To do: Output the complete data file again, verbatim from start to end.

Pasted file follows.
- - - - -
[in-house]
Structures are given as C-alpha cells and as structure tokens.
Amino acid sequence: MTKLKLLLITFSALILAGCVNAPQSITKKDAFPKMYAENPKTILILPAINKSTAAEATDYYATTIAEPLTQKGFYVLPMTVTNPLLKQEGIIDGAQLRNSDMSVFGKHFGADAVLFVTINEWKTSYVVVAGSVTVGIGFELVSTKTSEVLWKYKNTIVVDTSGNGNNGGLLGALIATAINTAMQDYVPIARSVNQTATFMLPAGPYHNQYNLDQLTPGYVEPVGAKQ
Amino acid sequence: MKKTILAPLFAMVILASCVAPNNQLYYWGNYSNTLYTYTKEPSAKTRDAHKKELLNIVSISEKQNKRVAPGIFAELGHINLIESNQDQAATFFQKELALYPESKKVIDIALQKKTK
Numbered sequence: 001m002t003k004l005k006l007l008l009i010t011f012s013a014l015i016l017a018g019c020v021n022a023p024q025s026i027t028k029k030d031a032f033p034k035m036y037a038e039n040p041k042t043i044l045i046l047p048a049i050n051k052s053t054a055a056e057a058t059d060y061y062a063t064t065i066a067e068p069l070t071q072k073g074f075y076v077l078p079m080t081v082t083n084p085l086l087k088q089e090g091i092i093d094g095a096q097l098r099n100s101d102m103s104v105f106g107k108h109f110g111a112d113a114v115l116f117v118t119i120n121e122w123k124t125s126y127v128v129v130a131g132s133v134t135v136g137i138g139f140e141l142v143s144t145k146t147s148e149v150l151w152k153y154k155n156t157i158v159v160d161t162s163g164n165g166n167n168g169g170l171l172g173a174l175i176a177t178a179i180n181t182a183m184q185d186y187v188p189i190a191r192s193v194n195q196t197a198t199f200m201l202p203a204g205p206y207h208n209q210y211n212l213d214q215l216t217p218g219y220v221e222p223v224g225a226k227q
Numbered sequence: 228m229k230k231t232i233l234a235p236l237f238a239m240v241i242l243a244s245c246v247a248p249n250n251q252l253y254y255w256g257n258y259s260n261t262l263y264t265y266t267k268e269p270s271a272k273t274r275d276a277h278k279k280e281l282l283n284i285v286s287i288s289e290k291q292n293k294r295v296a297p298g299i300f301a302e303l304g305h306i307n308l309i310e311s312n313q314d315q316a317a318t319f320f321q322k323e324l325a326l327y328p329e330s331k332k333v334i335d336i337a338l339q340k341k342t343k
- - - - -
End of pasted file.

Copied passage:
[in-house]
Structures are given as C-alpha cells and as structure tokens.
Amino acid sequence: MTKLKLLLITFSALILAGCVNAPQSITKKDAFPKMYAENPKTILILPAINKSTAAEATDYYATTIAEPLTQKGFYVLPMTVTNPLLKQEGIIDGAQLRNSDMSVFGKHFGADAVLFVTINEWKTSYVVVAGSVTVGIGFELVSTKTSEVLWKYKNTIVVDTSGNGNNGGLLGALIATAINTAMQDYVPIARSVNQTATFMLPAGPYHNQYNLDQLTPGYVEPVGAKQ
Amino acid sequence: MKKTILAPLFAMVILASCVAPNNQLYYWGNYSNTLYTYTKEPSAKTRDAHKKELLNIVSISEKQNKRVAPGIFAELGHINLIESNQDQAATFFQKELALYPESKKVIDIALQKKTK
Numbered sequence: 001m002t003k004l005k006l007l008l009i010t011f012s013a014l015i016l017a018g019c020v021n022a023p024q025s026i027t028k029k030d031a032f033p034k035m036y037a038e039n040p041k042t043i044l045i046l047p048a049i050n051k052s053t054a055a056e057a058t059d060y061y062a063t064t065i066a067e068p069l070t071q072k073g074f075y076v077l078p079m080t081v082t083n084p085l086l087k088q089e090g091i092i093d094g095a096q097l098r099n100s101d102m103s104v105f106g107k108h109f110g111a112d113a114v115l116f117v118t119i120n121e122w123k124t125s126y127v128v129v130a131g132s133v134t135v136g137i138g139f140e141l142v143s144t145k146t147s148e149v150l151w152k153y154k155n156t157i158v159v160d161t162s163g164n165g166n167n168g169g170l171l172g173a174l175i176a177t178a179i180n181t182a183m184q185d186y187v188p189i190a191r192s193v194n195q196t197a198t199f200m201l202p203a204g205p206y207h208n209q210y211n212l213d214q215l216t217p218g219y220v221e222p223v224g225a226k227q
Numbered sequence: 228m229k230k231t232i233l234a235p236l237f238a239m240v241i242l243a244s245c246v247a248p249n250n251q252l253y254y255w256g257n258y259s260n261t262l263y264t265y266t267k268e269p270s271a272k273t274r275d276a277h278k279k280e281l282l283n284i285v286s287i288s289e290k291q292n293k294r295v296a297p298g299i300f301a302e303l304g305h306i307n308l309i310e311s312n313q314d315q316a317a318t319f320f321q322k323e324l325a326l327y328p329e330s331k332k333v334i335d336i337a338l339q340k341k342t343k